Glynn notes this was in part dictated by the fact the actors needed to be able to speak Arrernte. She found in the Amoonguna community, which the production was welcomed into by Traditional Owner Lynette (Chooky) Ellie, a complete willingness to be involved in the project.

“People are desperate to see themselves represented; they’re proud of their places and proud of their homes and they want to see that [on screen].

“That’s a very different attitude to when I first started off in screen in the early ’80s. There was a lot of fear around screen because of the terrible things that have happened to Aboriginal people in their representations. But now, people are keen as. They see stuff coming out of Central Australia that Warwick [Thornton], Dylan [River] or Rachel [Perkins] have made – and they go ‘We want a piece of that.’ Thank goodness!”

In the last few years as a director Glynn has helmed a number of documentaries, including She Who Must Be Loved, about her mother, Freda Glynn, the co-founder of CAAMA (Central Australian Aboriginal Media Association).

To spin around and shoot drama was “fun, anxious madness”, but ultimately Glynn walked away wanting to do more – she is currently working on a feature film which she says is getting close to getting up. She directed two episodes of True Colours, with McGregor shooting the other two.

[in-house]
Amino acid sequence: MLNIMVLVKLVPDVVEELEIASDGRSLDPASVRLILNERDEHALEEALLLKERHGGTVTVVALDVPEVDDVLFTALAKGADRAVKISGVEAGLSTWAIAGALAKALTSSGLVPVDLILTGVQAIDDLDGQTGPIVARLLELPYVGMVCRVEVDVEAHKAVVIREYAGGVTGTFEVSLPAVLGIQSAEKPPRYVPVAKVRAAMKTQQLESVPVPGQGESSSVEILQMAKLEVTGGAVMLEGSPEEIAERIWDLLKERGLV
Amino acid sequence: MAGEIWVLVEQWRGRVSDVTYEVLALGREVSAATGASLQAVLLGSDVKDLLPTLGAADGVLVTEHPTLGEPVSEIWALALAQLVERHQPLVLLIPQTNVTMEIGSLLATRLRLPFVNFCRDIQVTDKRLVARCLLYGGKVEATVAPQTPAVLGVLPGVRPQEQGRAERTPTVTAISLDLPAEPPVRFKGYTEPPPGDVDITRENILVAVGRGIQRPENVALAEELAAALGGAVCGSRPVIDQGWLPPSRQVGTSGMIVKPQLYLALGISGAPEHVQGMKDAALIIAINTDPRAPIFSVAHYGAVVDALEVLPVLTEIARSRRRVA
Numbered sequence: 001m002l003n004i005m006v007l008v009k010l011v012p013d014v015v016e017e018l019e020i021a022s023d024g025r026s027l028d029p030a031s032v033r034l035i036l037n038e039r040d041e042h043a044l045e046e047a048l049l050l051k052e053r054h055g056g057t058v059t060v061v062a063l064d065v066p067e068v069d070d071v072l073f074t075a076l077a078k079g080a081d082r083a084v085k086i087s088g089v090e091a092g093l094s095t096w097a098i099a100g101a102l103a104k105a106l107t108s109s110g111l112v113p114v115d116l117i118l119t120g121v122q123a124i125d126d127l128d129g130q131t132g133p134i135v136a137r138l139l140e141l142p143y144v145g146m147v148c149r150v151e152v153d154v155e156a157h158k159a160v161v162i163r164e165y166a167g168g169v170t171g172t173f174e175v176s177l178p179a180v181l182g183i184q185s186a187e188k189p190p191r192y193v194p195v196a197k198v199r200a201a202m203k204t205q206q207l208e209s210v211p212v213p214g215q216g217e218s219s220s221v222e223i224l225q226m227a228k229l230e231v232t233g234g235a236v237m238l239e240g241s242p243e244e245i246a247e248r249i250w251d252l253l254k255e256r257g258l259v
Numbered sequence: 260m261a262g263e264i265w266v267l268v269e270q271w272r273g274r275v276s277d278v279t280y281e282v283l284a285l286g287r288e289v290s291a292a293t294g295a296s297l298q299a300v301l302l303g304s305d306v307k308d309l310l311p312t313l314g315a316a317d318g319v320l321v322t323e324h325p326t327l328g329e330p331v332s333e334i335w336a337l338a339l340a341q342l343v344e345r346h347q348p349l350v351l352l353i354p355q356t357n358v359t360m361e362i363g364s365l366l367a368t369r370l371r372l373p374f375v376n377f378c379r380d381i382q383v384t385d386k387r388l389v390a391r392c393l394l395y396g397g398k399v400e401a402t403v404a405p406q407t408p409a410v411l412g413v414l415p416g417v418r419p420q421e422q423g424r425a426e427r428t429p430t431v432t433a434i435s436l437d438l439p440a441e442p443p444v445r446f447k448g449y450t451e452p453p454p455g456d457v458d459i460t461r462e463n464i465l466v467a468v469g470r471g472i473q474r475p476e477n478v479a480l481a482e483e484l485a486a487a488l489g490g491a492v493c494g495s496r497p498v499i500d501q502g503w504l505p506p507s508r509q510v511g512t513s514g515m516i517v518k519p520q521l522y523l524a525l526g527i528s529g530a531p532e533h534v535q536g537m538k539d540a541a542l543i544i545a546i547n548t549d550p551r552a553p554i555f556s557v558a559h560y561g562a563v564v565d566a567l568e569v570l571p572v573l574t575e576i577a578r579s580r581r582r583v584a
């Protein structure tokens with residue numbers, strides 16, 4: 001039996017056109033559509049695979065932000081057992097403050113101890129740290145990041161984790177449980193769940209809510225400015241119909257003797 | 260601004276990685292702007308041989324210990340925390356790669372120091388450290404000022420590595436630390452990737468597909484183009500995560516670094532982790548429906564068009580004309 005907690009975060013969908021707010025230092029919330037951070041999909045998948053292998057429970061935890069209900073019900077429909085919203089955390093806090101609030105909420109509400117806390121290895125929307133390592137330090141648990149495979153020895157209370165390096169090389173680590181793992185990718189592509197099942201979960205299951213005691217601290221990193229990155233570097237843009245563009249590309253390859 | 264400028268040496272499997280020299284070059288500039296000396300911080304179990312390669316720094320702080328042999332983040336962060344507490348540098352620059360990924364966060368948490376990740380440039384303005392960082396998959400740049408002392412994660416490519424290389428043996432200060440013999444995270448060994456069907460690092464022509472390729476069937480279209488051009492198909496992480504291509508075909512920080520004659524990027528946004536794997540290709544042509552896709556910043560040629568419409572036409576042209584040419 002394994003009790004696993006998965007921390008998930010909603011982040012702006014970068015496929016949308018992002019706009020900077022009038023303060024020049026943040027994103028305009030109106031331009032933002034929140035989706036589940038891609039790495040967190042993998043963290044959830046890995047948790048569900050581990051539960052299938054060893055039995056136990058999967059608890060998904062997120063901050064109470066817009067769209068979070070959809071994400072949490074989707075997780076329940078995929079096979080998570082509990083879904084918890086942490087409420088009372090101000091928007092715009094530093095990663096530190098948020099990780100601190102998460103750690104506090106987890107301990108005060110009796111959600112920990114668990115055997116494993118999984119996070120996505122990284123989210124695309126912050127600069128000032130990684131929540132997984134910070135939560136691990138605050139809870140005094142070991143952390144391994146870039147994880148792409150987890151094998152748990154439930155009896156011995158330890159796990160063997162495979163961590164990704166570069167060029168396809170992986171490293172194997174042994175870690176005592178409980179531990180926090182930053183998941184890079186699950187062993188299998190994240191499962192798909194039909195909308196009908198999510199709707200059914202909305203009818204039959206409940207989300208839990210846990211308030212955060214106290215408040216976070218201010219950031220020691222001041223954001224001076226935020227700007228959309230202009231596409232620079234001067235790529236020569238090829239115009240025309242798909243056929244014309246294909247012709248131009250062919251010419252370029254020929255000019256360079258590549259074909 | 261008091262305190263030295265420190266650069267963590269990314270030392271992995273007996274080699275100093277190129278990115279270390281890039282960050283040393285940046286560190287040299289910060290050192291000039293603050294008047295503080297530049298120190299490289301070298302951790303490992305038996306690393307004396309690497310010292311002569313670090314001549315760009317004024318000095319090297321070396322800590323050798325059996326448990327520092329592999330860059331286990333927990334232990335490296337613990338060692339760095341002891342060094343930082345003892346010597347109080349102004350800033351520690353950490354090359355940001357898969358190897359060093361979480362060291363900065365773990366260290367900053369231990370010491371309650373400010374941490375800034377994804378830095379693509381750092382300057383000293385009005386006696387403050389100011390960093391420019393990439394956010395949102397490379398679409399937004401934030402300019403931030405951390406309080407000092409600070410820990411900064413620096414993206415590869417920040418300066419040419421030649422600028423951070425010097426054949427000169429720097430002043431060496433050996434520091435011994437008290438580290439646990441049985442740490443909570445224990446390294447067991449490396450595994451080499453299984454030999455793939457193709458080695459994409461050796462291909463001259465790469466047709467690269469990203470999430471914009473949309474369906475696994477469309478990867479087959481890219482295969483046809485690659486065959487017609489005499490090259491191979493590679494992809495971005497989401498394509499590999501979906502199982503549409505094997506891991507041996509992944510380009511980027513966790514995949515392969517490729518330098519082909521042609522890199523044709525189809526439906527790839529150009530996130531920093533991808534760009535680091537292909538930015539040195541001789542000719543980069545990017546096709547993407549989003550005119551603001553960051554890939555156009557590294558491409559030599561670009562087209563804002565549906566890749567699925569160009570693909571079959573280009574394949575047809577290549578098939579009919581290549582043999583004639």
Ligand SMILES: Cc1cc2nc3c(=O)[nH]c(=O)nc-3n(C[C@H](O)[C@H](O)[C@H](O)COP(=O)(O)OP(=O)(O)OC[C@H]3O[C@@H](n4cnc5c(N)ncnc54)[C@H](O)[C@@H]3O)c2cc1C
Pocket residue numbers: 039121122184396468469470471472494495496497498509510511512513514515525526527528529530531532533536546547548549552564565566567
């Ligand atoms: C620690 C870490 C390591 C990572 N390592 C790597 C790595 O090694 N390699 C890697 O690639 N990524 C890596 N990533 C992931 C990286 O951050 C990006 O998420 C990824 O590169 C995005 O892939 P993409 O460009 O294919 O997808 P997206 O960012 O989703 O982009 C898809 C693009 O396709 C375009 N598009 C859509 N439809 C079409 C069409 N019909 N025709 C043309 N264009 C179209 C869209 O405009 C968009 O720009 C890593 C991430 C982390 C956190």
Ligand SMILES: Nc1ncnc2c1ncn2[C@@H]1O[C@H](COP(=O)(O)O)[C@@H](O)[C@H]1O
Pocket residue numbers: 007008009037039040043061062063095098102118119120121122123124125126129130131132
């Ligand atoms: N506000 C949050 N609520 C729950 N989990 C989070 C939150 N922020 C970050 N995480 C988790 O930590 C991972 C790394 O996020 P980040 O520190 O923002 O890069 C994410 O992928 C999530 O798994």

“When we finished shooting, I walked off going, ‘I want to do that again. I want to do that again so I get it better next time because you know where you failed and you know where you succeeded.”

Having played a pivotal role in bringing new First Nations talent to screen over her career, Glynn is proud to see a wide variety of projects gracing Australian screens today.

“I think what we are seeing in Black screen in the country now is a really diverse range of representations, which is such as good thing. And we’re seeing a shift from financiers, broadcasters and what-have-you to back that Aboriginal voice – beginning to understand that it is diverse. That’s a good thing – a really good thing.

“We want more languages on screen. There are so many Aboriginal languages across this country and we want them all on screen. Even the ones that are being revitalised, there’s a place for it. It’s rich; our country is rich with this stuff.”

True Colours is on SBS and NITV each night until July 7 8.30pm as part of NAIDOC Week and available to stream on SBS On Demand.